31 May, 2013

Slain TUT Student Remembered

Dismayed family memmbers and friends during a memorial service  of slain TUT student Gopolang Ngobeni

 Alfred Makhubela
Hundreds of Tshwane University of Technology students and staff members paid tribute during a memorial service of slain student Gopolang Ngobeni who was allegedly shot and killed by police officials last Saturday at Caltex Garage in Randfontein.
Ngobeni’s campus life and times was described as the family of the deceased occupied the front row with sombre faces, weeping as the quivering voices of students recited poems and sang spiritual hymns.Speakers condemned  the police’s action which resulted with the  22 year old’s life being cut shot.
Emotional resident manager Willemina Mosomane said that Telkom residence where Ngobeni resided has lost not only a student but a family member and it took her time to accept the fact that he’s a victim of police killings. “It is very sad to lose a student and it was difficult to confirm that really he is gone. We built a strong bond together as I took him as my son and he called me mother. It took only minutes to take him away”, said the distraught manager.
Academic Department representative Professor MC Mashige said that the Department of Applied Languages and Language Practice is under serious attack as reports of sexual assaults and death rate escalate. He consoled the Ngobeni family and condemned the May 25th shooting. “Gopolang’s death was not a natural death, he was killed by police. Nevertheless to the Ngobeni family we will celebrate his life and cherish the good times we had while he was still with us.” he said.

It is alleged that on 25 May Ngobeni and his four friends were travelling to the funeral of their friend’s father in Mohlakeng, West Rand. According to a media statement released by the Department of Independent Police Investigative Directorate (IPID) the five students did not know the direction and they got lost. They then followed a security vehicle which had come in front of them. After the security vehicle made a U-turn at a cul-de-sac, the students also made a U-turn.
 While driving towards a Caltex Garage with the intention of asking for directions, another security vehicle from the same company cut in front of them. Both security vehicles stopped next to a marked SAPS vehicle. The students drove on to the filling station. It is alleged that within a short space of time, the police vehicle (with its blue light on), as well as the security vehicles, followed the students to the filling station, which is near where they were.
The students were ordered to get out of their vehicle by the police. While trying to get out of the vehicle, Gopolang Ngobeni was shot by a policeman with an R5 rifle. The victim was declared dead at the scene. The vehicle in which the students were travelling was searched and nothing illegal was found, read the statement.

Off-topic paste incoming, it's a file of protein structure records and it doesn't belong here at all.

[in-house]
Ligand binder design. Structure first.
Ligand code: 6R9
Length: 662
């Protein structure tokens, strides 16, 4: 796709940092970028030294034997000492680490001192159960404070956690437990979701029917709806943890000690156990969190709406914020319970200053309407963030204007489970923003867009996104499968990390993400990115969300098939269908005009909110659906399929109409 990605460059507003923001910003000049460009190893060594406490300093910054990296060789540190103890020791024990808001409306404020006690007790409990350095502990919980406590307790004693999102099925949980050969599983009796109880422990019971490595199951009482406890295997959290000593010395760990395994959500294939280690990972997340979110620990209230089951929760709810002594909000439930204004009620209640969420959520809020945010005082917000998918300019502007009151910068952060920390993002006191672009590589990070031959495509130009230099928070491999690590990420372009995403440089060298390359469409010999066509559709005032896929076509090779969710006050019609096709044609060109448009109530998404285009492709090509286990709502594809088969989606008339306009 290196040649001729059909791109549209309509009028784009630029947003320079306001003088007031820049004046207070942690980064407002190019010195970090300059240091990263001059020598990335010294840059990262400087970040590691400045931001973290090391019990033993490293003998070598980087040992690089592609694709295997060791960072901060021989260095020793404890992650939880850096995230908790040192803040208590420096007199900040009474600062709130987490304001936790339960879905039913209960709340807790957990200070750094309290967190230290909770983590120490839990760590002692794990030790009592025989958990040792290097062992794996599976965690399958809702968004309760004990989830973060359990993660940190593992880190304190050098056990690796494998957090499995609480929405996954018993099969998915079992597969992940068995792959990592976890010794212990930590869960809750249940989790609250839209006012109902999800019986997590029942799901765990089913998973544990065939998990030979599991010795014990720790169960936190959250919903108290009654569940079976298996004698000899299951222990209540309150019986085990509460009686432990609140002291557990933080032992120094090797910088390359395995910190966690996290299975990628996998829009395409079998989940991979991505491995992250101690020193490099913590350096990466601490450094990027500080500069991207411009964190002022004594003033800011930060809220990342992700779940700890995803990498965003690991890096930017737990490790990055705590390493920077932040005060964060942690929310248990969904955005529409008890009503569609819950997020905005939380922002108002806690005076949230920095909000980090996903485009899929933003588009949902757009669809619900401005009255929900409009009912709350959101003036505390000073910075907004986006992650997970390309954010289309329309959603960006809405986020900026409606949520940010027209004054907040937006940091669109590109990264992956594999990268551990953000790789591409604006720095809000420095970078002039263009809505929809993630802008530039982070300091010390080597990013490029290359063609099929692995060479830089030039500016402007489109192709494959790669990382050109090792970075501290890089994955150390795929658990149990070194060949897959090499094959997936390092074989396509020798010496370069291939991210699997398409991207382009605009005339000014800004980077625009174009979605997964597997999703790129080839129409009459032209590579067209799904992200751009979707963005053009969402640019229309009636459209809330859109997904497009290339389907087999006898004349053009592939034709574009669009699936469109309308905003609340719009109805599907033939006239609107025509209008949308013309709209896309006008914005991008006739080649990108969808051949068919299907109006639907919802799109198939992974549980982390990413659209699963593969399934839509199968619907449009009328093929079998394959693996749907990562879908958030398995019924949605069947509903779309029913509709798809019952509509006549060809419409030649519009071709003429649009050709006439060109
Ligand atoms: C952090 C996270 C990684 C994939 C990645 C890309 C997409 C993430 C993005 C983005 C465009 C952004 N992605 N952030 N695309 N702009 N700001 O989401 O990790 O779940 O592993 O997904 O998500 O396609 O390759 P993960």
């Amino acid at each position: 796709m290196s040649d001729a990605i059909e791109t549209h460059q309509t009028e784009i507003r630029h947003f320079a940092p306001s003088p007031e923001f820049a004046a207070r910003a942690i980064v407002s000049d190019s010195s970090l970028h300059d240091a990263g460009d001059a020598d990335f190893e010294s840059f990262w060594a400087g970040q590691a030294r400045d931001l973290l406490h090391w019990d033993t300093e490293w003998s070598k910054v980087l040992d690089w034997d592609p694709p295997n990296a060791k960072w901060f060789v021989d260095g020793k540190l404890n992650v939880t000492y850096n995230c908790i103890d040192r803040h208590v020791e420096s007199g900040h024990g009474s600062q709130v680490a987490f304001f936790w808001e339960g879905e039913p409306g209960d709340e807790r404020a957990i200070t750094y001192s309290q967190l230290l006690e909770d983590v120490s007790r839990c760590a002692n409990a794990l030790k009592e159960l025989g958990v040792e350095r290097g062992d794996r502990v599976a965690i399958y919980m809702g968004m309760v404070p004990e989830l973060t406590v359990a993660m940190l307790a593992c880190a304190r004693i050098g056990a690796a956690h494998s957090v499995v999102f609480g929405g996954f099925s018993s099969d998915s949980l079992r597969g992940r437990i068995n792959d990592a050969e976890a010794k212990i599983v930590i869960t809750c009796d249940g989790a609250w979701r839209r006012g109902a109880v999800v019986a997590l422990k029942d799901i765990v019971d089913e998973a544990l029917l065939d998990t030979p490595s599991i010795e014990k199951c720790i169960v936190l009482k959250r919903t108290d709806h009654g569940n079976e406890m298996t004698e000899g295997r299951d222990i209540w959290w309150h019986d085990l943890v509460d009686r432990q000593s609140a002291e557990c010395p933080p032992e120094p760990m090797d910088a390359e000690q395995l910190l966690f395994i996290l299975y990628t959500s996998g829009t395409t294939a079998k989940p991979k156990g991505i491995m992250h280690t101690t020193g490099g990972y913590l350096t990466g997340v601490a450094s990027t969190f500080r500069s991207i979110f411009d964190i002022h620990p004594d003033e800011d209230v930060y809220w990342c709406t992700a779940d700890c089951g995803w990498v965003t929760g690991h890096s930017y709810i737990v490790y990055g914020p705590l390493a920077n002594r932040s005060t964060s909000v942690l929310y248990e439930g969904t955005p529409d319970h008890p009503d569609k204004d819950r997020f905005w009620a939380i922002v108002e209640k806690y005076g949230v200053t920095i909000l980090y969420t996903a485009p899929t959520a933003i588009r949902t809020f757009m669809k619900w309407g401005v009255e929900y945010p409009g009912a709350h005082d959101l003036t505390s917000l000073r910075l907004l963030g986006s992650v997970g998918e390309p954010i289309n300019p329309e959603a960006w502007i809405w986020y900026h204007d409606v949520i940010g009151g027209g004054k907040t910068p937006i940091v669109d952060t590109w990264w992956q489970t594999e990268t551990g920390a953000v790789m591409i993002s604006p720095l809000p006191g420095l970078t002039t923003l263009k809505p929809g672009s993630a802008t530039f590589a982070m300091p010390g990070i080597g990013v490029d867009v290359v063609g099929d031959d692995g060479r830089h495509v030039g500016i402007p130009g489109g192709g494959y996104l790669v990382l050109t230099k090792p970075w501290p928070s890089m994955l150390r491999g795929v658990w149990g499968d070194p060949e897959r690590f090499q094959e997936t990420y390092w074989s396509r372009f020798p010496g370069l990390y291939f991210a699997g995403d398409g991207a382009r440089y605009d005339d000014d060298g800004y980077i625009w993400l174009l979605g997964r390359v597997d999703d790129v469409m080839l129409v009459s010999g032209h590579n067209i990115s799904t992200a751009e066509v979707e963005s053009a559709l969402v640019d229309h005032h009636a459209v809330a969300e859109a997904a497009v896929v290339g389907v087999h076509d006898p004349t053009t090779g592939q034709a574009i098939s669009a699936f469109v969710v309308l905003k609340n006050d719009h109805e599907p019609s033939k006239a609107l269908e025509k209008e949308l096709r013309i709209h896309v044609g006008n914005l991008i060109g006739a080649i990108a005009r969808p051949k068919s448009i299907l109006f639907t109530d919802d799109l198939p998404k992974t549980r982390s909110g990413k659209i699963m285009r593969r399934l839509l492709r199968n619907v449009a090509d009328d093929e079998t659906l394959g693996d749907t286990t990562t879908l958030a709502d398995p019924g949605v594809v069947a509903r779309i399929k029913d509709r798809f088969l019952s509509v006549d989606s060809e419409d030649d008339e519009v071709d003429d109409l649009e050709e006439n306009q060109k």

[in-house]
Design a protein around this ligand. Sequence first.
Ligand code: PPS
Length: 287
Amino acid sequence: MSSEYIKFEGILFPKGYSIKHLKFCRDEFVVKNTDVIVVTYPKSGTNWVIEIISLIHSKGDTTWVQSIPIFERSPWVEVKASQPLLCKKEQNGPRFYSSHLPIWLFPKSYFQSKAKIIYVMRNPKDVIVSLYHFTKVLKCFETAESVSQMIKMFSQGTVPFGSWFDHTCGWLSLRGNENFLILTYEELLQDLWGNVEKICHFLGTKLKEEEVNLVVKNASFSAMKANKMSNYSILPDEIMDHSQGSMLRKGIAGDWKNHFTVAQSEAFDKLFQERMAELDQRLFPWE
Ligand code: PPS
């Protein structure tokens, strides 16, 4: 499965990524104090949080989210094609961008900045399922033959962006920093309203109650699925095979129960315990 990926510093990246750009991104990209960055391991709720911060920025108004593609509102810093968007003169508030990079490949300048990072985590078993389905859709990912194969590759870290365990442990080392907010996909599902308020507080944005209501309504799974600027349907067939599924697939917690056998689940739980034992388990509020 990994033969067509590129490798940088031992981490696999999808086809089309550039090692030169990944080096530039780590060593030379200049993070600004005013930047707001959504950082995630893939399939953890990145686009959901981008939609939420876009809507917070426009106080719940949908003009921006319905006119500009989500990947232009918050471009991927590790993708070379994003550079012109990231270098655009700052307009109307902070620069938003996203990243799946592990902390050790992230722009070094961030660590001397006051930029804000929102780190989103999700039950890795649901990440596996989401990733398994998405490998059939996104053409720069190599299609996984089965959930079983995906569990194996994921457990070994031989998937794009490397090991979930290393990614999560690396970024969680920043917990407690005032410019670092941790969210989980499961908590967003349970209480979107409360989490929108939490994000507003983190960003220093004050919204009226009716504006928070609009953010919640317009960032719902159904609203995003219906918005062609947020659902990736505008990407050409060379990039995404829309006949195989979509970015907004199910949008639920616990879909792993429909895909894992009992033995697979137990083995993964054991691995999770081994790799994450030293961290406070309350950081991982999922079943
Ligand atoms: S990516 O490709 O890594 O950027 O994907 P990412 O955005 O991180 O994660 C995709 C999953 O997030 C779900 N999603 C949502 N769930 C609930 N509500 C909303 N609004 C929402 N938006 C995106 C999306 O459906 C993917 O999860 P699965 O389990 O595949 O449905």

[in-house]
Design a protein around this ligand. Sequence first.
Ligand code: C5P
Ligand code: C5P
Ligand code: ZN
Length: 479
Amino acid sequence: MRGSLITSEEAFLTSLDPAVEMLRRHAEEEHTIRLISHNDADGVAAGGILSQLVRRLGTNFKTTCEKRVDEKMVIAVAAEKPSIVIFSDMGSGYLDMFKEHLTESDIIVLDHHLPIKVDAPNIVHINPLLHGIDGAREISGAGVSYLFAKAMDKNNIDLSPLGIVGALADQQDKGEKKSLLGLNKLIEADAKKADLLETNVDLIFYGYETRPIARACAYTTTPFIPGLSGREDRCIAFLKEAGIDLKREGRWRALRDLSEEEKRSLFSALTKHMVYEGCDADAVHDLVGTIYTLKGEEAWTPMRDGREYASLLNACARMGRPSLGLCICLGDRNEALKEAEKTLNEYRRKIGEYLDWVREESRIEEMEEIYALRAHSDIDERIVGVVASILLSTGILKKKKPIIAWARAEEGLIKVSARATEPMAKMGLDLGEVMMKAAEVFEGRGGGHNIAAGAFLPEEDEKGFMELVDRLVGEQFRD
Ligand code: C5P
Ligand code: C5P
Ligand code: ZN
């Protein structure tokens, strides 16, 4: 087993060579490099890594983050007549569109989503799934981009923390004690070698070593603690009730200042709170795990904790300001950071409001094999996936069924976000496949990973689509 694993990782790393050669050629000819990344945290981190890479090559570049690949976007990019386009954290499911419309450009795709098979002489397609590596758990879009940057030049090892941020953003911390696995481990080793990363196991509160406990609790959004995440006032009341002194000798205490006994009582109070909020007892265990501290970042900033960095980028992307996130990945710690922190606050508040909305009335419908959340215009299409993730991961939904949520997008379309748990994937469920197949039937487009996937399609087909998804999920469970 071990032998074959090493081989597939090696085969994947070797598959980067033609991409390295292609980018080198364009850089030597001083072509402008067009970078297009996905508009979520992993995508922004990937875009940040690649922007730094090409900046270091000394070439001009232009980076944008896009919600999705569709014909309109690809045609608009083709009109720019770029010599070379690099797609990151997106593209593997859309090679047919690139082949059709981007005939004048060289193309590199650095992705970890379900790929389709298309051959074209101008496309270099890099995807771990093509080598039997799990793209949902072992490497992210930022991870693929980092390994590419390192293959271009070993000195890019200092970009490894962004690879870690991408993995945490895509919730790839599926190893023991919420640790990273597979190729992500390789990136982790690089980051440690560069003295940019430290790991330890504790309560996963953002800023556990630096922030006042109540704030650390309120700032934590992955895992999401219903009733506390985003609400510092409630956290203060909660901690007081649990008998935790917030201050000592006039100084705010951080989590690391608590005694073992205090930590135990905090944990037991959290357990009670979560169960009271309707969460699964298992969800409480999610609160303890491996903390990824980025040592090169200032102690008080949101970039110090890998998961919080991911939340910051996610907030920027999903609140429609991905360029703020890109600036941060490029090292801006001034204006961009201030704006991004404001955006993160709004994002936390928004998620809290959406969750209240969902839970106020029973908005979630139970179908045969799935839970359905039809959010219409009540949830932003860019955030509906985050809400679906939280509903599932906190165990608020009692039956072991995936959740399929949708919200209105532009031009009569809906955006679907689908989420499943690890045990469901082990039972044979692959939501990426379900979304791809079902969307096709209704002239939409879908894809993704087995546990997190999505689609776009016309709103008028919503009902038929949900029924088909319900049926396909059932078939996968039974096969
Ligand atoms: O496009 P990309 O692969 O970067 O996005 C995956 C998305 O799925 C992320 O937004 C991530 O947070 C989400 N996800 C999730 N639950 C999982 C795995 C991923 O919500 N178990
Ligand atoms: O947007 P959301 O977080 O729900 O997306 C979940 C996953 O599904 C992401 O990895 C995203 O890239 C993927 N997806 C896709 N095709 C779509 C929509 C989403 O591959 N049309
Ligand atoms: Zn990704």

Family spokesperson Michael Ngobeni said that the family wants answers of why Ngobeni was shot. The 30 year old constable will appear in court on the 3rd of June for a possible bill application.

14 May, 2013

Gutuza loved to tell african stories

Chris Gutuza
Born in District six, Chris Gutuza was an activist and journalist, Gutuza trained as a teacher before he joined the Cape Peninsula University of Technology (CPUT) formally known as Peninsula Technology in 1985 as a journalism student.  Following his journalism studies, he joined the newspaper, The South. 

His passion for the Afrikaans language led him to join Die Suid Afrikaan, an Afrikaans magazine as a feature writer.  Concerned about the upliftment of society and also being an activist, he spent many years between the eighties and nineties working with poor communities helping set up community newspapers.  This was an attempt to give or help everybody to have a voice.  He helped set up a newspaper in Namakwaland, Die NamakwaNuus.  The latter was followed by SaamStaan; another community news paper in Oudtshoorn, SaamStaan was however banned in 1987 during the state of emergency.  

Gutuza later branched to film and television, with the aim and vision to tell real and true African stories through a different medium.  To do this, Gutuza opened his own production company, Stonehouse, where he had hoped to train young people in openly telling real stories of real South Africans.      

As an educator, Gutuza believed that education, information and the access to recourses were paramount.  “Chris was highly principled, honest, humble and compassionate.” said Davids.  As an activist journalist, Davids also believes that Gutuza would be turning in his grave as a result of the textbook saga, Nkandla, the high levels of corruption and wasteful and fruitless expenditure by government officials totaling millions of rands.